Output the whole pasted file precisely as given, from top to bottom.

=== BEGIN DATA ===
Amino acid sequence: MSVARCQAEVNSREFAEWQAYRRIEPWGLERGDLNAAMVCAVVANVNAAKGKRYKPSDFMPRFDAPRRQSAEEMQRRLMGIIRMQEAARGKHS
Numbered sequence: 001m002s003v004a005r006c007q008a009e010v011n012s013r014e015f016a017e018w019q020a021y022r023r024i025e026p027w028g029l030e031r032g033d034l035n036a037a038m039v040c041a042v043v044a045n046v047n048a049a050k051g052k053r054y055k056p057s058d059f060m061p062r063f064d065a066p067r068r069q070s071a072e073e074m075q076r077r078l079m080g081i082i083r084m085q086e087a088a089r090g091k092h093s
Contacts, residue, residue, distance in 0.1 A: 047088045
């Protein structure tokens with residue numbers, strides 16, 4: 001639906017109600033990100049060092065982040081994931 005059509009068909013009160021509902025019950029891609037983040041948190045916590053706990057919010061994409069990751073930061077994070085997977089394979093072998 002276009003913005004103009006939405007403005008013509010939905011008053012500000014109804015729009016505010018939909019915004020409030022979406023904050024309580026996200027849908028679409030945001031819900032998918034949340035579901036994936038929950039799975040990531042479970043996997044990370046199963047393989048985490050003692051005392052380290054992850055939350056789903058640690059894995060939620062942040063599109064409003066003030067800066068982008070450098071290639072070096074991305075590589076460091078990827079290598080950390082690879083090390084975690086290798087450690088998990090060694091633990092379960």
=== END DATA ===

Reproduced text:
Amino acid sequence: MSVARCQAEVNSREFAEWQAYRRIEPWGLERGDLNAAMVCAVVANVNAAKGKRYKPSDFMPRFDAPRRQSAEEMQRRLMGIIRMQEAARGKHS
Numbered sequence: 001m002s003v004a005r006c007q008a009e010v011n012s013r014e015f016a017e018w019q020a021y022r023r024i025e026p027w028g029l030e031r032g033d034l035n036a037a038m039v040c041a042v043v044a045n046v047n048a049a050k051g052k053r054y055k056p057s058d059f060m061p062r063f064d065a066p067r068r069q070s071a072e073e074m075q076r077r078l079m080g081i082i083r084m085q086e087a088a089r090g091k092h093s
Contacts, residue, residue, distance in 0.1 A: 047088045
């Protein structure tokens with residue numbers, strides 16, 4: 001639906017109600033990100049060092065982040081994931 005059509009068909013009160021509902025019950029891609037983040041948190045916590053706990057919010061994409069990751073930061077994070085997977089394979093072998 002276009003913005004103009006939405007403005008013509010939905011008053012500000014109804015729009016505010018939909019915004020409030022979406023904050024309580026996200027849908028679409030945001031819900032998918034949340035579901036994936038929950039799975040990531042479970043996997044990370046199963047393989048985490050003692051005392052380290054992850055939350056789903058640690059894995060939620062942040063599109064409003066003030067800066068982008070450098071290639072070096074991305075590589076460091078990827079290598080950390082690879083090390084975690086290798087450690088998990090060694091633990092379960």